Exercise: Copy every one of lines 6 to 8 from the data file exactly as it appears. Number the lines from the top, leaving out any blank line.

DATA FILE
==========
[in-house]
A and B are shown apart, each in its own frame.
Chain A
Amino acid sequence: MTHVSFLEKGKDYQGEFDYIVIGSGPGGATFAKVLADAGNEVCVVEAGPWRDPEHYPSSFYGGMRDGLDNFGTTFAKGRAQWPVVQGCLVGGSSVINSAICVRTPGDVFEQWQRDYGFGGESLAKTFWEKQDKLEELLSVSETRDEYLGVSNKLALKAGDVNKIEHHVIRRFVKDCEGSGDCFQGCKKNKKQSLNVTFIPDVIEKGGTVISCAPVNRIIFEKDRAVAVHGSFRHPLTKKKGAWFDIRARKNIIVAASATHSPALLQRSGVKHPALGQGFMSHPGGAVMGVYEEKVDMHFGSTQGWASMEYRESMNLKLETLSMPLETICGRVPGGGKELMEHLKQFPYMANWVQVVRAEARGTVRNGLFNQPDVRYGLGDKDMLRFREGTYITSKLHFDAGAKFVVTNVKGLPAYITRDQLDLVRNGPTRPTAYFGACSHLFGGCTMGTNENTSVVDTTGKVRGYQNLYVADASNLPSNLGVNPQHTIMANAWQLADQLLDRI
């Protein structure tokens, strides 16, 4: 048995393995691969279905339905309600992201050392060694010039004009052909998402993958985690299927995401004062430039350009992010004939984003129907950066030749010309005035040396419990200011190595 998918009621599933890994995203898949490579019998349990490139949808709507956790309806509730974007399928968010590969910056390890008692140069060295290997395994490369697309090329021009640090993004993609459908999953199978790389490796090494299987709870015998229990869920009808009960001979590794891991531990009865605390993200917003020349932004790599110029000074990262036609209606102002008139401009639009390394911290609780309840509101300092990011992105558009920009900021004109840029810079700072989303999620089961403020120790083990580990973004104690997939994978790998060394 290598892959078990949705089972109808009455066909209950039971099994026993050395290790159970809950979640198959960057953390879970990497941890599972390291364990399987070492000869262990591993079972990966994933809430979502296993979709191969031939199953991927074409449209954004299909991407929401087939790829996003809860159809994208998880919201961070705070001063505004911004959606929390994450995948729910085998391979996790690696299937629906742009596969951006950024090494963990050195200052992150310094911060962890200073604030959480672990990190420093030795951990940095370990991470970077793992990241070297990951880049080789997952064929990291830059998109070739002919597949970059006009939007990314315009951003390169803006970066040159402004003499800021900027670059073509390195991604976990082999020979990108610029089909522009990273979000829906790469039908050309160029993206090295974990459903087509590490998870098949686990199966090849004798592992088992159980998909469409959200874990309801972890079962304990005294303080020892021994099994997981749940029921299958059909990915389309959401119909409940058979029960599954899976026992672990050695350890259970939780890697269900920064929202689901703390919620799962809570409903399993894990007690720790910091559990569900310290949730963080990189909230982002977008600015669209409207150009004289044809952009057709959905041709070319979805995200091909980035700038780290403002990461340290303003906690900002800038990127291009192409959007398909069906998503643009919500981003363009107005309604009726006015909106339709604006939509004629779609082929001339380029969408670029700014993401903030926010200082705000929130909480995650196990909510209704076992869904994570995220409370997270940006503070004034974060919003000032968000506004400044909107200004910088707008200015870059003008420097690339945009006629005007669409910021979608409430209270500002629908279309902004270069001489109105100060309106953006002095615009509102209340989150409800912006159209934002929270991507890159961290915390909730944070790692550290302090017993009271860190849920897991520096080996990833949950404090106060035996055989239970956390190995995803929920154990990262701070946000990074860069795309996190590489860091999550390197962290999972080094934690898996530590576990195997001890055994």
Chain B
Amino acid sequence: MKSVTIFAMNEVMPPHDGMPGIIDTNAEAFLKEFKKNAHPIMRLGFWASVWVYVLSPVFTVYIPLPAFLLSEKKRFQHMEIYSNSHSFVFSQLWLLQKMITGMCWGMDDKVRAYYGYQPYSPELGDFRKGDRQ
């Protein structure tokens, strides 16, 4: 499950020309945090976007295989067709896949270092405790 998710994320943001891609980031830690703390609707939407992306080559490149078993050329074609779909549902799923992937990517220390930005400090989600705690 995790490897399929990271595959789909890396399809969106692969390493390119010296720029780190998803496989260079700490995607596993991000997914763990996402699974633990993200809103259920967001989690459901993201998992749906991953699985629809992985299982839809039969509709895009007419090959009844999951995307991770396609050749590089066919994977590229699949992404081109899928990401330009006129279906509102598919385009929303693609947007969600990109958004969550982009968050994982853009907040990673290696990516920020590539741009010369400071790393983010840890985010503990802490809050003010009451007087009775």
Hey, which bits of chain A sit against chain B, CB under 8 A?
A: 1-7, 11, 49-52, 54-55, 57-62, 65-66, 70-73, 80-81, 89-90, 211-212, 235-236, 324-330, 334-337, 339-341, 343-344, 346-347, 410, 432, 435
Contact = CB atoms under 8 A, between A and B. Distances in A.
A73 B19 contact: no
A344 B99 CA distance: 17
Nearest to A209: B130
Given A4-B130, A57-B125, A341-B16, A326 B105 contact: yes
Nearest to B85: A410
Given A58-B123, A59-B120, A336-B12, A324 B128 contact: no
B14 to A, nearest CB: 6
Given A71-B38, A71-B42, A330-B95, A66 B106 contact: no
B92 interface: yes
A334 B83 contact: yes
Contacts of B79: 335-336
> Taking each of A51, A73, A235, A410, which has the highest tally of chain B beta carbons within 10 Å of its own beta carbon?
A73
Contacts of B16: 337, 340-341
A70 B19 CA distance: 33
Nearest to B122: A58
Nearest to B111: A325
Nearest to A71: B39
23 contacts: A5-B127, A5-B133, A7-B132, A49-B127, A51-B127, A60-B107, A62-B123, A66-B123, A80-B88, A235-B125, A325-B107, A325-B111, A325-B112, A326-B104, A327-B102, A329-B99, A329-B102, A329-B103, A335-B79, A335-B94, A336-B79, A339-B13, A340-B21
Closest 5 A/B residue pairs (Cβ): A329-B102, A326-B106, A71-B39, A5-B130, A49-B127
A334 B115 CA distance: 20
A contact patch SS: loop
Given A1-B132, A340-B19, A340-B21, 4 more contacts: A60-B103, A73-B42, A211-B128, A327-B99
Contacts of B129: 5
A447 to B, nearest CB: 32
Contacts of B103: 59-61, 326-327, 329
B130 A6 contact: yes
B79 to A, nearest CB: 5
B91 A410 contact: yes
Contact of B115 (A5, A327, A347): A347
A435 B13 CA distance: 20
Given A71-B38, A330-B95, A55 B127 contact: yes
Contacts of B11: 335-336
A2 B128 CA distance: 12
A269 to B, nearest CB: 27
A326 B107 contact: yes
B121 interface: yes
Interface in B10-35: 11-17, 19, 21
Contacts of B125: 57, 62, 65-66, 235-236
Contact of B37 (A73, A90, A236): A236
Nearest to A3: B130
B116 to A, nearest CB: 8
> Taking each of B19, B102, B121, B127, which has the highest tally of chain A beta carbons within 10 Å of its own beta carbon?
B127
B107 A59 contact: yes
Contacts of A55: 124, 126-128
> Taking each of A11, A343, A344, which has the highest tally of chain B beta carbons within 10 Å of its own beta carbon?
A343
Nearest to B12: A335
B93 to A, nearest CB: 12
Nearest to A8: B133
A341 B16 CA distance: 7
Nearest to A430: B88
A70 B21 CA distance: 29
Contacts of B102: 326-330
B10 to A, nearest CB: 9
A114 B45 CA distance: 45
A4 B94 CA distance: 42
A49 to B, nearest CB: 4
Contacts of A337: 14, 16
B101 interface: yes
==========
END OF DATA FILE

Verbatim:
Chain B
Amino acid sequence: MKSVTIFAMNEVMPPHDGMPGIIDTNAEAFLKEFKKNAHPIMRLGFWASVWVYVLSPVFTVYIPLPAFLLSEKKRFQHMEIYSNSHSFVFSQLWLLQKMITGMCWGMDDKVRAYYGYQPYSPELGDFRKGDRQ
């Protein structure tokens, strides 16, 4: 499950020309945090976007295989067709896949270092405790 998710994320943001891609980031830690703390609707939407992306080559490149078993050329074609779909549902799923992937990517220390930005400090989600705690 995790490897399929990271595959789909890396399809969106692969390493390119010296720029780190998803496989260079700490995607596993991000997914763990996402699974633990993200809103259920967001989690459901993201998992749906991953699985629809992985299982839809039969509709895009007419090959009844999951995307991770396609050749590089066919994977590229699949992404081109899928990401330009006129279906509102598919385009929303693609947007969600990109958004969550982009968050994982853009907040990673290696990516920020590539741009010369400071790393983010840890985010503990802490809050003010009451007087009775």